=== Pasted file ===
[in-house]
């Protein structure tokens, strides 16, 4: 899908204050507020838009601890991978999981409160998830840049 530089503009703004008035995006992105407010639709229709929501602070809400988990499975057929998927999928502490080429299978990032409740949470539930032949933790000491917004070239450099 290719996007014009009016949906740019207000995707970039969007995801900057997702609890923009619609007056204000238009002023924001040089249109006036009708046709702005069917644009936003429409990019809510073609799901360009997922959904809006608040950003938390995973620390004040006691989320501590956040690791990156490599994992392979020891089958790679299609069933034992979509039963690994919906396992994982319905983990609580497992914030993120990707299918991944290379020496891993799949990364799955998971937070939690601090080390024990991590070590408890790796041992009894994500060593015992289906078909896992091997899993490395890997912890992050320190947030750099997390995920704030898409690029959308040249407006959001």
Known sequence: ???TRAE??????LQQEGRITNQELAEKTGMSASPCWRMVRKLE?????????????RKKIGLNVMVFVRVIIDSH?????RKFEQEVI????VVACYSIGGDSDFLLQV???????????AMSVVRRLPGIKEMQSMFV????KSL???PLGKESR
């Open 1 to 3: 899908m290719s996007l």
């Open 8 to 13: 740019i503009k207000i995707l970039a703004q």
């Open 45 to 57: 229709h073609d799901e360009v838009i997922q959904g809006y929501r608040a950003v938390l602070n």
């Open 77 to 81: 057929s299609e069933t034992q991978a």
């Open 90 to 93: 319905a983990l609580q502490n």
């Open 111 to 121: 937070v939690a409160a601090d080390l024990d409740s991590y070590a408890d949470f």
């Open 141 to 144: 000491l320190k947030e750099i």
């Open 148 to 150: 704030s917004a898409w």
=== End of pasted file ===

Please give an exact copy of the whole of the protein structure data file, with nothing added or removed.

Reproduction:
[in-house]
């Protein structure tokens, strides 16, 4: 899908204050507020838009601890991978999981409160998830840049 530089503009703004008035995006992105407010639709229709929501602070809400988990499975057929998927999928502490080429299978990032409740949470539930032949933790000491917004070239450099 290719996007014009009016949906740019207000995707970039969007995801900057997702609890923009619609007056204000238009002023924001040089249109006036009708046709702005069917644009936003429409990019809510073609799901360009997922959904809006608040950003938390995973620390004040006691989320501590956040690791990156490599994992392979020891089958790679299609069933034992979509039963690994919906396992994982319905983990609580497992914030993120990707299918991944290379020496891993799949990364799955998971937070939690601090080390024990991590070590408890790796041992009894994500060593015992289906078909896992091997899993490395890997912890992050320190947030750099997390995920704030898409690029959308040249407006959001």
Known sequence: ???TRAE??????LQQEGRITNQELAEKTGMSASPCWRMVRKLE?????????????RKKIGLNVMVFVRVIIDSH?????RKFEQEVI????VVACYSIGGDSDFLLQV???????????AMSVVRRLPGIKEMQSMFV????KSL???PLGKESR
């Open 1 to 3: 899908m290719s996007l």
């Open 8 to 13: 740019i503009k207000i995707l970039a703004q």
């Open 45 to 57: 229709h073609d799901e360009v838009i997922q959904g809006y929501r608040a950003v938390l602070n």
């Open 77 to 81: 057929s299609e069933t034992q991978a």
């Open 90 to 93: 319905a983990l609580q502490n």
């Open 111 to 121: 937070v939690a409160a601090d080390l024990d409740s991590y070590a408890d949470f």
């Open 141 to 144: 000491l320190k947030e750099i």
């Open 148 to 150: 704030s917004a898409w």